Sunday, November 21, 2010

Putting Children in their Place

Of course by “children” I am referring to child regions in APEX and by “place” I mean side by side – I’m sure you all assumed as much. Smile 

The ability to nest regions by establishing parent/child relationships came as a feature of APEX 4.0. Although seemingly small when compared to some of the other features introduced with that release, it’s a feature that should not be overlooked as it allows for complex layouts without the previous complexity.

When you first start working with nested regions, you may notice that sub regions tend to stack on top of each other rather than side by side. This is simply the default nature of the HTML being used. But ultimately you can control how this works – you need only learn about CSS floats and how to implement them in APEX!

Although I often refer people to w3schools.com for simple tutorials, the best tutorial I’ve found to date on CSS floats can be found here:
http://css.maxdesign.com.au/floatutorial/ (make sure to check out tutorial 8).

Also note this odd behavior as we’ll need to account for it:
http://www.quirksmode.org/css/clearing.html

Ok, now that you’ve armed yourself with a thorough understanding of what’s involved, you can put it to use in APEX by setting some style rules for the region via the Region Attributes. Have a look at a demo here using the new theme 21 – Scarlet.
http://apex.oracle.com/pls/apex/f?p=22073:1

Wednesday, November 17, 2010

My Future Feature Wish List for APEX

I started making this list when I saw a few others posting their own wish lists but I never posted it. The recent update to the APEX Statement of Direction inspired me to finally get this out and I was very happy to remove a few thing because they are now targeted for APEX 4.1.  So here it is…

  1. IR Enhancements
    1. Run time
      1. Updateable columns – This is one of those “holy grail” type of enhancements - hard to implement but still possible. It had to be said…
      2. Freeze column – I saw this feature while doing an ADF tutorial recently. Hey, if they can do it, so can we.
      3. Drag and drop column reorder – Admit it, that would be cool.
    2. Design time
      1. Required filters – I put this on the top for a reason. Some queries don’t run well without some filters (think EBS). It would be nice if we could say that “this, that, and the other column must be filtered”.
      2. Column level “do not print” option – Some columns are made for the web and the web alone.
      3. Freeze column – Similar to its run time counterpart, only this would allow developers to specify some columns that should always be visible. Although, if overused, it would defeat the point of an interactive report (limit the number?).
      4. Drag and drop column reorder – I know we have this ability via the tree view in the Page Definition screen, but I believe it should be available in the report attribute screen as well (same goes for classic reports)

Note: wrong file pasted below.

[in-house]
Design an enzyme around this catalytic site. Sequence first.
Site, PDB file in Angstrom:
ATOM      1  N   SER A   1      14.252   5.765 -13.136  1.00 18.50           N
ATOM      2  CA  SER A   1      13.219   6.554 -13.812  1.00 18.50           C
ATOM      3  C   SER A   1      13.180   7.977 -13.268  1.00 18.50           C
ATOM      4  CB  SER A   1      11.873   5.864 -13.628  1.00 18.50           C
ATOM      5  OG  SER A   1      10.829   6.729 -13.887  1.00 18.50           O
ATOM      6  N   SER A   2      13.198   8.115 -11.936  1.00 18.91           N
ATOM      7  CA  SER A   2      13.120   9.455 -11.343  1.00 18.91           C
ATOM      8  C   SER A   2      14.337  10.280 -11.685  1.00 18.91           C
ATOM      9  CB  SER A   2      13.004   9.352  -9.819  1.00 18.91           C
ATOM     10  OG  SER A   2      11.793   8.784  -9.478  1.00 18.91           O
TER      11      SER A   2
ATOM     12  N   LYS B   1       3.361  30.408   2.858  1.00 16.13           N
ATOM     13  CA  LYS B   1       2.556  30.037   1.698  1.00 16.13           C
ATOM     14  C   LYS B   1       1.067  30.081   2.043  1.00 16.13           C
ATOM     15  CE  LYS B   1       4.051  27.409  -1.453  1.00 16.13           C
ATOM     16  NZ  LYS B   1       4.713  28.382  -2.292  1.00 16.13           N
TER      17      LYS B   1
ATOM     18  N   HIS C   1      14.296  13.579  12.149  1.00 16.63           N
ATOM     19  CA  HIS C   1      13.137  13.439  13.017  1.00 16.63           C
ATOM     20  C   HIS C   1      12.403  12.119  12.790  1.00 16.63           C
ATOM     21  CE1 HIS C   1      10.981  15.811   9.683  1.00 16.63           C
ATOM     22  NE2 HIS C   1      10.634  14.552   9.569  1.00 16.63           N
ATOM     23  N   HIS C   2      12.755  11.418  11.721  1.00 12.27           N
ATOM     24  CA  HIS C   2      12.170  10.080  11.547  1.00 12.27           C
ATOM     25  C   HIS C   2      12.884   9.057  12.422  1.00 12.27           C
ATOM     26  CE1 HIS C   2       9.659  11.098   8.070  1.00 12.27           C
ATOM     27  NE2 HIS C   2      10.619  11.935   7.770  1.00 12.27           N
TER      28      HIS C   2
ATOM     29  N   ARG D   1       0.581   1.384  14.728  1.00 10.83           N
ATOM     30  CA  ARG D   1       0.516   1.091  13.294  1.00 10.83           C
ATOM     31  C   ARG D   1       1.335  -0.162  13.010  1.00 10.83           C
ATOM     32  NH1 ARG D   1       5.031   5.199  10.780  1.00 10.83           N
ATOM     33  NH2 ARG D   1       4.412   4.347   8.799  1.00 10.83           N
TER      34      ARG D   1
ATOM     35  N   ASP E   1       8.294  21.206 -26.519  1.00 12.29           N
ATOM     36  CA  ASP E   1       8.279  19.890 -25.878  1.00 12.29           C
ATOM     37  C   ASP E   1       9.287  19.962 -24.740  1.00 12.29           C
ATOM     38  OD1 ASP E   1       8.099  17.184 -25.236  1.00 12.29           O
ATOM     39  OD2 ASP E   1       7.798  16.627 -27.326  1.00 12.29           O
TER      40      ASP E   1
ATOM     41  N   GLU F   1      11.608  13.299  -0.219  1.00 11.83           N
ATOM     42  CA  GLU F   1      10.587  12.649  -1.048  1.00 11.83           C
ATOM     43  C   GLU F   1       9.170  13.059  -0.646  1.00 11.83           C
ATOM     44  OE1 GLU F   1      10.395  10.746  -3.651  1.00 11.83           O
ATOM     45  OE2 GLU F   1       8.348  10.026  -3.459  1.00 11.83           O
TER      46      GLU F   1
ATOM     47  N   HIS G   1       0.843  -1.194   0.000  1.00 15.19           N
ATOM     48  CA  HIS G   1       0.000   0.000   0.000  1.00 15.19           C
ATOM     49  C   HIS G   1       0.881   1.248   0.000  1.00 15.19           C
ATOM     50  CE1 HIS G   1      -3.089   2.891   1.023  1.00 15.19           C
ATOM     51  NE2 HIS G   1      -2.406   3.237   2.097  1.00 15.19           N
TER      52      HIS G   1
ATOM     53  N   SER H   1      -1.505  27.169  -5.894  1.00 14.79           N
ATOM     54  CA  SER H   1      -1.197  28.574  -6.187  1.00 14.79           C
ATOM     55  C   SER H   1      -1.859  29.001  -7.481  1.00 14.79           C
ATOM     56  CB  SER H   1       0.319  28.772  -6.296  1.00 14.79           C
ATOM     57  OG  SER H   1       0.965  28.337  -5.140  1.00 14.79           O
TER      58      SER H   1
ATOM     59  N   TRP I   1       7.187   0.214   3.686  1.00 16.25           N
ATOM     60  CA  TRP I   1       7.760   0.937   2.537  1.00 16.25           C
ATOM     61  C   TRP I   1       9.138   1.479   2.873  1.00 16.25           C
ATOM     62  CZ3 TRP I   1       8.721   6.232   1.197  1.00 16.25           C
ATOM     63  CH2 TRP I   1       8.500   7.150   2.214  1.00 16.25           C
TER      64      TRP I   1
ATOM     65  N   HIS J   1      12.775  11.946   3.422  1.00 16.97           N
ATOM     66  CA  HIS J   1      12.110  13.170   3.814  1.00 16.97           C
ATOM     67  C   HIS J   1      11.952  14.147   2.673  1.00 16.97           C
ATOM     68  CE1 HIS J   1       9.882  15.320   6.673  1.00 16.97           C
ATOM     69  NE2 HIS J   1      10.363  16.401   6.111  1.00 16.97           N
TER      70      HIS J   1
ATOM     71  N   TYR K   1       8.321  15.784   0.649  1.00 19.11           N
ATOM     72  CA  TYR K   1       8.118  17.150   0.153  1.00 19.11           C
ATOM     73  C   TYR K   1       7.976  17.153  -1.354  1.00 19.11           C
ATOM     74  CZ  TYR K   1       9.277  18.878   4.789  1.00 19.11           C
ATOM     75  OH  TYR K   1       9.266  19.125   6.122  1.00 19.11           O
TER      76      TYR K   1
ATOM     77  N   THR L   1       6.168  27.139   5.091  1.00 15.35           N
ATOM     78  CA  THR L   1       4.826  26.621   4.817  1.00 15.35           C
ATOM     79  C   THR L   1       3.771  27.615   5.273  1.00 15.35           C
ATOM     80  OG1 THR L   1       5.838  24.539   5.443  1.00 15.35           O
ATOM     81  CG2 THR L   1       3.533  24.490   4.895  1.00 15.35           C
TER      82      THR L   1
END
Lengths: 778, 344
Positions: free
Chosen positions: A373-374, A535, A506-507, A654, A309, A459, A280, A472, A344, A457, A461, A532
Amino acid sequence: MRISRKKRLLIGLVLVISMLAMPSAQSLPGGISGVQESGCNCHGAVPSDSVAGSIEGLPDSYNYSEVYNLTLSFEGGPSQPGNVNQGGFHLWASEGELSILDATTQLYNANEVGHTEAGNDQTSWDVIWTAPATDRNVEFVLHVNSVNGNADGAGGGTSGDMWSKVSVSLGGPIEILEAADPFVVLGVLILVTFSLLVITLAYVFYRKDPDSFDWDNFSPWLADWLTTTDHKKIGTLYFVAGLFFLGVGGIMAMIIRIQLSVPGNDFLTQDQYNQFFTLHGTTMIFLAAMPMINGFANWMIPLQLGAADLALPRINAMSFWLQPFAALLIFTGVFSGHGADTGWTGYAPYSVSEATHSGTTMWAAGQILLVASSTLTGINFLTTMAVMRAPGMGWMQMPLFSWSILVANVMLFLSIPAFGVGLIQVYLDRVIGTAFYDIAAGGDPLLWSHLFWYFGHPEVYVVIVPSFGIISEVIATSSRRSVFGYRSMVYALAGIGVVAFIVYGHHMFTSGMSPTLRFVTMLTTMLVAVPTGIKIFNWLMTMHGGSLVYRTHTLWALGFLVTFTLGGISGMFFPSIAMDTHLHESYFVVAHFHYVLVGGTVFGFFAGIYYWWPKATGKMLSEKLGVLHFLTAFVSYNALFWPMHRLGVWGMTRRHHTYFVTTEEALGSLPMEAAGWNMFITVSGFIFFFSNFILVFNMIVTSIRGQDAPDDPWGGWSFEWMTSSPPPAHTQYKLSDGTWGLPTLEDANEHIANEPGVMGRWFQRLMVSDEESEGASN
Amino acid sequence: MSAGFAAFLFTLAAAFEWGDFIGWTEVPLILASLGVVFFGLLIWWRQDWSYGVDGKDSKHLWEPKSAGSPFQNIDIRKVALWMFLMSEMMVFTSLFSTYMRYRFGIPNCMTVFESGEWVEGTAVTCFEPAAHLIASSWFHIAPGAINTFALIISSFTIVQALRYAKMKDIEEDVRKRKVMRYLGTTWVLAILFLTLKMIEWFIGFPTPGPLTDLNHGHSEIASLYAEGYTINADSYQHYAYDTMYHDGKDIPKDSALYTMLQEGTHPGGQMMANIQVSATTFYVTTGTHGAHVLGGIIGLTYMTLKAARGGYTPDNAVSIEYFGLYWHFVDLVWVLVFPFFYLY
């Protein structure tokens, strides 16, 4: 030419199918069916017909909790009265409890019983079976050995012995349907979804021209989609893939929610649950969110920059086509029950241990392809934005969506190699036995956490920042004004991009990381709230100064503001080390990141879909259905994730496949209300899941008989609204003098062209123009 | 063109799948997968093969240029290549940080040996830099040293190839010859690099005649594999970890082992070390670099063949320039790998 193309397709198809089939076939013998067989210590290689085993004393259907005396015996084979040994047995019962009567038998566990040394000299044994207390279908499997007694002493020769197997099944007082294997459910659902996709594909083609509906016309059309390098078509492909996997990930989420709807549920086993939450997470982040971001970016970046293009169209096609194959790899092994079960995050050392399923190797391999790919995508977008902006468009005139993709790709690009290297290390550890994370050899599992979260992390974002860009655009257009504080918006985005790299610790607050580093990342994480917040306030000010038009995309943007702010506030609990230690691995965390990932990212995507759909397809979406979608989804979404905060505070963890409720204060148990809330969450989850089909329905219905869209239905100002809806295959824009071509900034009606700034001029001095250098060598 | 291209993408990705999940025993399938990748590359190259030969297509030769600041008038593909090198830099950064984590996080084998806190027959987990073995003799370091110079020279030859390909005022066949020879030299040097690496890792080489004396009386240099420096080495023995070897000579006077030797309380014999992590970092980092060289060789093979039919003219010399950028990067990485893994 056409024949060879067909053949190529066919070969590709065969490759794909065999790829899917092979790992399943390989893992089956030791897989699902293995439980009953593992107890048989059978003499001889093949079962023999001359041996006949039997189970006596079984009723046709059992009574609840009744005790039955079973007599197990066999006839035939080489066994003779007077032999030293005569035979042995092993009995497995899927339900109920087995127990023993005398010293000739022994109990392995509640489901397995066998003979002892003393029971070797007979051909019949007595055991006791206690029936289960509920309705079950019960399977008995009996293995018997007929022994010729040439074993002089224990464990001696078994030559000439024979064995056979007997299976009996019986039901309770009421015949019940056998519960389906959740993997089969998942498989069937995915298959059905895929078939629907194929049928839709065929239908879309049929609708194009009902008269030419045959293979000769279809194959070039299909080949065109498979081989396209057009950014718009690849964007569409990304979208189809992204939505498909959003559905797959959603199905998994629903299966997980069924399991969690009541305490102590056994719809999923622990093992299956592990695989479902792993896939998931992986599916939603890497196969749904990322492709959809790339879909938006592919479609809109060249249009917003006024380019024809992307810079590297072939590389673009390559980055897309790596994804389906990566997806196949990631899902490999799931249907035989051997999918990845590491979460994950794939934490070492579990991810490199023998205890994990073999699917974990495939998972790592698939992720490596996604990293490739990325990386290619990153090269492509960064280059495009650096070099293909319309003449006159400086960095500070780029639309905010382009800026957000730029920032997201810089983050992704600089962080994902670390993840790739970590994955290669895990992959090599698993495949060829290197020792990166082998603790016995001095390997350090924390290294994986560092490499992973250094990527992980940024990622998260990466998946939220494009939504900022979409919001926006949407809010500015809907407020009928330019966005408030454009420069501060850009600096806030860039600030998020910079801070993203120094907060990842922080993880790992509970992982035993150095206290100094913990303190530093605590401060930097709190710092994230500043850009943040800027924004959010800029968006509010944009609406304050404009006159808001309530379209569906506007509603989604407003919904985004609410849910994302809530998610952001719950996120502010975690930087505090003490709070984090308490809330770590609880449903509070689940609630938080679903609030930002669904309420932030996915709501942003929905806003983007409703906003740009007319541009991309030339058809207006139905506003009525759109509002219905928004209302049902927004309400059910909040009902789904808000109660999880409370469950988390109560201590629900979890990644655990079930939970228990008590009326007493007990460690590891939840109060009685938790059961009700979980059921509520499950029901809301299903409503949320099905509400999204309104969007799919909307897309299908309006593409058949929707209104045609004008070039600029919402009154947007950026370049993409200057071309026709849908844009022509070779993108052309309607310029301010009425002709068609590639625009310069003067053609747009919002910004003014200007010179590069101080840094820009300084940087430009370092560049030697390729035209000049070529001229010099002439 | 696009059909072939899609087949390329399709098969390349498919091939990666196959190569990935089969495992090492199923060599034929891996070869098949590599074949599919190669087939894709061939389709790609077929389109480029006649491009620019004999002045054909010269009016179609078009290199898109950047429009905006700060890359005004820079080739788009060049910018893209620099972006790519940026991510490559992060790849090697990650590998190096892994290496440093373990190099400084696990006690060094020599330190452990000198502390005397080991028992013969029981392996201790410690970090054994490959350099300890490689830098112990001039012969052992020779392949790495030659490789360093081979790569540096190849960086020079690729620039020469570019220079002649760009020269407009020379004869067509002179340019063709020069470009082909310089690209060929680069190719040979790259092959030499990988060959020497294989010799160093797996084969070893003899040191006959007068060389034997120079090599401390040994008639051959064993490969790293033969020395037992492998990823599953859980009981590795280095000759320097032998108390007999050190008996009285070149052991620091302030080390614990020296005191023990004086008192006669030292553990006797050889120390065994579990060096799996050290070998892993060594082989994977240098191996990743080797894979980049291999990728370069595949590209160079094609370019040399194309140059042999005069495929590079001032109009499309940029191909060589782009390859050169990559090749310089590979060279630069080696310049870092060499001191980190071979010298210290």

2. Tabs Overhaul – I know some work was done with APEX 4 to make tabs easier to work with but it was not enough. The key to simplicity here is getting rid of “tab sets” (or at least hiding them by default).
  3. LOV Protection – When you define a list of values, you expect users to choose from that list. But those with enough knowledge can add to the options in a list of values after the page loads. You can protect yourself with validations but they can be costly and involve more work/maintenance. Martin D’Souza has done quite a bit of work in this area taking a hashing approach rather than a re-query (smart move). It would be great if this was implemented in APEX as a new type of validation, like the Not Null validations, added for any item that uses an LOV.
  4. Validation chaining – I recently found myself writing validations that should only run if other validations have passed. This requires a bit of duplication. It would be great if there was an option in validation conditions that allowed you to select another validation.

So what do you think? Any ideas of your own?

Friday, November 12, 2010

SkillBuilders Save Before Exit–2.0

I’ve just released an update to the SkillBuilders Save Before Exit plug-in. This was a major release (especially for such a tiny plug-in) with some good new features:

  1. Some users reported false positives with regard to change detection. To prevent this the plug-in now uses true change detection and can even detect changes to the new rich text editors in APEX 4.
  2. Support has been added for custom themes/templates via a newly exposed No Warning Selector. This allows you to use a jQuery selector to specify which elements should allow the end user to leave the page without being warned.
  3. An Ignore Change Selector option has been added which allows you to specify which element should not be checked for changes.
  4. New methods, enableWarning and disableWarning, allow developers to programmatically specify whether change detection should occur via JavaScript.

For those of you using the plug-in and planning to upgrade, make sure to check out the upgrading section of the documentation.

Click here to download. Enjoy!